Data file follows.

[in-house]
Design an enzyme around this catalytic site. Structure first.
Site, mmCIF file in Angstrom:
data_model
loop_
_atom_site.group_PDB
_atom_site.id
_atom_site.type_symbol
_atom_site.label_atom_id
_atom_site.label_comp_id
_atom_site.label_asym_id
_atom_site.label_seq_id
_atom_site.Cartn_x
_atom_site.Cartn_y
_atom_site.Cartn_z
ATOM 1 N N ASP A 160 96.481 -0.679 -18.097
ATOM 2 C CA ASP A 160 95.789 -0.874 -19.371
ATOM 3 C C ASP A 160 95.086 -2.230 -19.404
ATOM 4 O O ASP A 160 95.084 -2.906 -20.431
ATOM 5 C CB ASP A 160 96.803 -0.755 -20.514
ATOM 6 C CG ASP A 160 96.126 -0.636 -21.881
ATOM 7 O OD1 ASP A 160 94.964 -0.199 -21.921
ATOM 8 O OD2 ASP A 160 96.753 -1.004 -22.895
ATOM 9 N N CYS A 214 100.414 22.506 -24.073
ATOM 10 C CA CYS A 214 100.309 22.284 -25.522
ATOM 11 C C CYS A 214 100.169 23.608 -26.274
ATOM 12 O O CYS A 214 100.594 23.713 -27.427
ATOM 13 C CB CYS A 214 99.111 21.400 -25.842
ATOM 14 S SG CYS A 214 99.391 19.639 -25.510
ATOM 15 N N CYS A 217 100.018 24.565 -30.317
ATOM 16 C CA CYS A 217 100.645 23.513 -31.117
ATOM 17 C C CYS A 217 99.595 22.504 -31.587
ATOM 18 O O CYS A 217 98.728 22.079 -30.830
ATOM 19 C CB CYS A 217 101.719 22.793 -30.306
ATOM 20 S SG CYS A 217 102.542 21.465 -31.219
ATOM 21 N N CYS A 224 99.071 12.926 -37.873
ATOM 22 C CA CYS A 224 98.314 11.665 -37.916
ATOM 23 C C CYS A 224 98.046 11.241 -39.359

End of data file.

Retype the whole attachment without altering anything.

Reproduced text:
[in-house]
Design an enzyme around this catalytic site. Structure first.
Site, mmCIF file in Angstrom:
data_model
loop_
_atom_site.group_PDB
_atom_site.id
_atom_site.type_symbol
_atom_site.label_atom_id
_atom_site.label_comp_id
_atom_site.label_asym_id
_atom_site.label_seq_id
_atom_site.Cartn_x
_atom_site.Cartn_y
_atom_site.Cartn_z
ATOM 1 N N ASP A 160 96.481 -0.679 -18.097
ATOM 2 C CA ASP A 160 95.789 -0.874 -19.371
ATOM 3 C C ASP A 160 95.086 -2.230 -19.404
ATOM 4 O O ASP A 160 95.084 -2.906 -20.431
ATOM 5 C CB ASP A 160 96.803 -0.755 -20.514
ATOM 6 C CG ASP A 160 96.126 -0.636 -21.881
ATOM 7 O OD1 ASP A 160 94.964 -0.199 -21.921
ATOM 8 O OD2 ASP A 160 96.753 -1.004 -22.895
ATOM 9 N N CYS A 214 100.414 22.506 -24.073
ATOM 10 C CA CYS A 214 100.309 22.284 -25.522
ATOM 11 C C CYS A 214 100.169 23.608 -26.274
ATOM 12 O O CYS A 214 100.594 23.713 -27.427
ATOM 13 C CB CYS A 214 99.111 21.400 -25.842
ATOM 14 S SG CYS A 214 99.391 19.639 -25.510
ATOM 15 N N CYS A 217 100.018 24.565 -30.317
ATOM 16 C CA CYS A 217 100.645 23.513 -31.117
ATOM 17 C C CYS A 217 99.595 22.504 -31.587
ATOM 18 O O CYS A 217 98.728 22.079 -30.830
ATOM 19 C CB CYS A 217 101.719 22.793 -30.306
ATOM 20 S SG CYS A 217 102.542 21.465 -31.219
ATOM 21 N N CYS A 224 99.071 12.926 -37.873
ATOM 22 C CA CYS A 224 98.314 11.665 -37.916
ATOM 23 C C CYS A 224 98.046 11.241 -39.359